BYOD on Cloud simplifying the concept

Debasis Chatterji, CEO Netxcell Limited

Demystifying BYOD
Let us assume a scenario. Dr. Manohar Lal is a general surgeon. He works in a hospital wherein he has an OPD (outpatient department) to look after as well as he does surgery. He uses an i-phone and i-pad but he has a desktop at his office (OPD). In addition to this, he has a personal consultancy at his bungalow wherein he has a personal practice on every Saturday and Sunday out of his clinic located in front portion of the bungalow. He uses a desk top there, also supported by his assistant’s desktop. All the desktops are on MS Windows. Now he watches news video in an online news site in his smartphone while travelling in the car, after reaching hospital the moment he enters his OPD room instead of his desktop (all patient data) he sees OPD patient list in his i-pad. At the same time, he calls up his home to talk to his wife regarding their son’s school holiday plan from the same smartphone. He also receives some phone calls from his patients. He consults his patients for two hours and finally he is ready for the operation to be conducted in operation theatre (OT). The moment he enters the OT room he scrutinizes the entire history of the case (to be operated) again in his i-phone/smartphone which is accessing data from the OT server. This is the typical example of BYOD (bring your own device) concept. The similar type of phenomena gets repeated in his personal clinic also.

The advantages of BYOD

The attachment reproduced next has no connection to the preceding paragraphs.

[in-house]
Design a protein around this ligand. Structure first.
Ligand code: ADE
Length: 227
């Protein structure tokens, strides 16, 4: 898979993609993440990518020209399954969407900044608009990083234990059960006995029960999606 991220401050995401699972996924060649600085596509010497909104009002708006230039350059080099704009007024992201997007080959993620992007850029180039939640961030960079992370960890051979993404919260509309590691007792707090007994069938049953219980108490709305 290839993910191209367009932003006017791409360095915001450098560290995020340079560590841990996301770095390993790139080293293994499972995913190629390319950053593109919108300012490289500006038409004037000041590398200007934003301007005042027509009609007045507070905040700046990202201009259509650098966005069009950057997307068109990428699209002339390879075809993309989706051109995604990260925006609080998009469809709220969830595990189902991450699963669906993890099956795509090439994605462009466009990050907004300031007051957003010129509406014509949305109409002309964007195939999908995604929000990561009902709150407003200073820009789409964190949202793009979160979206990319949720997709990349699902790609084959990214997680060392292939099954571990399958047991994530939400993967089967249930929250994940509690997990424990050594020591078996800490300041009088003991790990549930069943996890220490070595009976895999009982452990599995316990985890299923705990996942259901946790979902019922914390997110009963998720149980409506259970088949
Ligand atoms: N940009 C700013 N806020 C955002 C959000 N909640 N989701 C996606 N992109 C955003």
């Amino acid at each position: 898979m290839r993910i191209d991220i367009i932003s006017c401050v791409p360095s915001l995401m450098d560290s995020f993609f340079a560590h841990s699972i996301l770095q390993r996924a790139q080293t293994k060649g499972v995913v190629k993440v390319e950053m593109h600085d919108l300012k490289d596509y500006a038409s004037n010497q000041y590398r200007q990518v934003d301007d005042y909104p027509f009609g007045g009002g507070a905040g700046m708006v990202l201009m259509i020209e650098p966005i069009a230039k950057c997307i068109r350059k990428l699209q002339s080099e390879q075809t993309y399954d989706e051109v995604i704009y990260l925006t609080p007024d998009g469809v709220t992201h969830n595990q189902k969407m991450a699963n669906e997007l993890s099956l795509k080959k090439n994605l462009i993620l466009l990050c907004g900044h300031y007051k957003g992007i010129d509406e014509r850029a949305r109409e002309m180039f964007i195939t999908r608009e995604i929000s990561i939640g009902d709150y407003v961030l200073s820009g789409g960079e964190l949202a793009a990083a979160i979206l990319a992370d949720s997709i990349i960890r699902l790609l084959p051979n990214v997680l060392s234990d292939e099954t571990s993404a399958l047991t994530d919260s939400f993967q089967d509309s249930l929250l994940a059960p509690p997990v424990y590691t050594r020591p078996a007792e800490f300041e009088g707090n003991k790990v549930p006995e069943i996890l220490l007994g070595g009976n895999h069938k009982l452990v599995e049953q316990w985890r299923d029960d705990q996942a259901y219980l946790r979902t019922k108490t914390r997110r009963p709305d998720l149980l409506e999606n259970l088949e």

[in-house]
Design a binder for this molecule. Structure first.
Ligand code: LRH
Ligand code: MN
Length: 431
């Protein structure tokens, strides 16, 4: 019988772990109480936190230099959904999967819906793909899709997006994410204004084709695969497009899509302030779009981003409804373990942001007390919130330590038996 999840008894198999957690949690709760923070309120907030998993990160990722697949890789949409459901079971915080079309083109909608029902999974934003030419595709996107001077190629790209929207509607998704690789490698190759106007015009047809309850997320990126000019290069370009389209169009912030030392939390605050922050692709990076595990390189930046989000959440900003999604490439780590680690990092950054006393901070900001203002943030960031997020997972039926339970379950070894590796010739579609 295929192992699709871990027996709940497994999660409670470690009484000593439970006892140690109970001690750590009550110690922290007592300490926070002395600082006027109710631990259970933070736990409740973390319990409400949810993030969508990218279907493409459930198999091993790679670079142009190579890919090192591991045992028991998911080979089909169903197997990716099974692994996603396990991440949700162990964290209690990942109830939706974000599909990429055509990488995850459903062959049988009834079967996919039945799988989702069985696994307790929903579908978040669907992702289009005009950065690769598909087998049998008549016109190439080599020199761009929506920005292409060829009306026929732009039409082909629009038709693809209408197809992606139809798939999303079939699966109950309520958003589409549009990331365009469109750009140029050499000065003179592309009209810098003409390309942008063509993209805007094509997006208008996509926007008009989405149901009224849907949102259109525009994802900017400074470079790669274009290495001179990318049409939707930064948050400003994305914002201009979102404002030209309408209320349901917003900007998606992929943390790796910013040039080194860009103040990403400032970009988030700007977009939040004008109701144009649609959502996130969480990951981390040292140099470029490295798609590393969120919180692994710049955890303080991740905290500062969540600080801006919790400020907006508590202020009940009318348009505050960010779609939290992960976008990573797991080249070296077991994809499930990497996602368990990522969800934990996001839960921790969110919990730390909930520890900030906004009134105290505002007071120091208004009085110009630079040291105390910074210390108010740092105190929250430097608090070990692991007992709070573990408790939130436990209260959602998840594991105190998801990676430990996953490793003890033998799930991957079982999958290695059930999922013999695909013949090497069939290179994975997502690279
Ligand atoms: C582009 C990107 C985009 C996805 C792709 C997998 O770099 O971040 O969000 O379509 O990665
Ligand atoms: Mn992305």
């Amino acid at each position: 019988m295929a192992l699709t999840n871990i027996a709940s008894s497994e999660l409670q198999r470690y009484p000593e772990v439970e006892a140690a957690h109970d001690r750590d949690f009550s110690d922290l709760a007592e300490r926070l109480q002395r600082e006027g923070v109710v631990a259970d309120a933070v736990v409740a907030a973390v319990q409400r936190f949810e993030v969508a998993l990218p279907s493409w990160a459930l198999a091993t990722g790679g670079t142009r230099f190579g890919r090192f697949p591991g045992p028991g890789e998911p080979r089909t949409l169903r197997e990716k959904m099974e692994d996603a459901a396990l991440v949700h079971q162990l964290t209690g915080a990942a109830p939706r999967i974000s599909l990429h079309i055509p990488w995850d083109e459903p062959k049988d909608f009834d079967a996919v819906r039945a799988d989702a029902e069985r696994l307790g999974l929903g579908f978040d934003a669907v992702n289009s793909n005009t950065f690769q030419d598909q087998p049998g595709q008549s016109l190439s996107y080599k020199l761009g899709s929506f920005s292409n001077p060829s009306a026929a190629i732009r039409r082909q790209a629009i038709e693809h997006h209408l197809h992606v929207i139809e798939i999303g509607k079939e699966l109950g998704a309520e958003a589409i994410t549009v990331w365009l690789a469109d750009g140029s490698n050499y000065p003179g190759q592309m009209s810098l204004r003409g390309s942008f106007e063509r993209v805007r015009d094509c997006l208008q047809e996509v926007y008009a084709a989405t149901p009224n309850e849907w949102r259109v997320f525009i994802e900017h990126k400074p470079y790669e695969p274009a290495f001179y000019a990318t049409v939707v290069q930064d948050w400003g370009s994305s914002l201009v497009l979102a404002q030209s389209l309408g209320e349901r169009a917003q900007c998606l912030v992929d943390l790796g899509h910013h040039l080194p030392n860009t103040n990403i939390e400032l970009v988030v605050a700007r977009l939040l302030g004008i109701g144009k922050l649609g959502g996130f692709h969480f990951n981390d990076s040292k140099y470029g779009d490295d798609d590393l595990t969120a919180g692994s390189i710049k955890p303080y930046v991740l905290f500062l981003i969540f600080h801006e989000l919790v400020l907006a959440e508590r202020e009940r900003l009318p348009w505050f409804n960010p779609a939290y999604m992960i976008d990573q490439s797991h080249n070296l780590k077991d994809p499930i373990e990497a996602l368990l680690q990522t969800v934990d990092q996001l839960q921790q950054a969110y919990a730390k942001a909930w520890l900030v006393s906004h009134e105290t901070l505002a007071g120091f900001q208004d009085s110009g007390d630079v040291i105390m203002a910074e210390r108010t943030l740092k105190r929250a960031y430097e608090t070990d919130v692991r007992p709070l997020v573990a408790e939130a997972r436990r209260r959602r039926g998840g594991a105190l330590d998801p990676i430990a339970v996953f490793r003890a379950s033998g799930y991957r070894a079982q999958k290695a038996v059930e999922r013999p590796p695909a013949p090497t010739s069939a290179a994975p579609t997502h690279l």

The advantage is seamless integration of personal and official hardware to do personal as well as office work almost simultaneously. Psychologically, it is very satisfying. It makes one to use one’s personal device for office use while on move. It, therefore, improves the productivity. In this case study, seamlessly they have used office device, desktops as well as personal devices such as i-pad or i-phone for official and personal purpose. And most importantly, the applications could be seamlessly integrated with stop and start shift among different devices. This means if I am watching YouTube in my smart phone in my car, the moment I enter my office I could start the same video in my desktop or laptop from the point I stopped the programme in my smart phone. The driving force behind BYOD is a new IT self-

sufficiency among company employees who already own and use newer and advanced version of personal laptops, tablets and smartphones etc. in comparison to company. Apart from employee satisfaction another intention of BYOD is to save cost.

Challenges of BYOD
Is it easy? No. There are several challenges. But, the biggest challenge is about security. How confidant you are to layer your proprietary valuable data on a personal device running on public network? The money organization saves in terms of front end devices, might have to spend on IT to make this arrangement ready for holistic security. Another problem could be seamless OS integration. Mostly, smart phones are on Android, IOS, and Windows. Some CRM or ERP packages are little difficult to extend on the smart phone. However, there is an effort to come with mobile first strategy for CRM.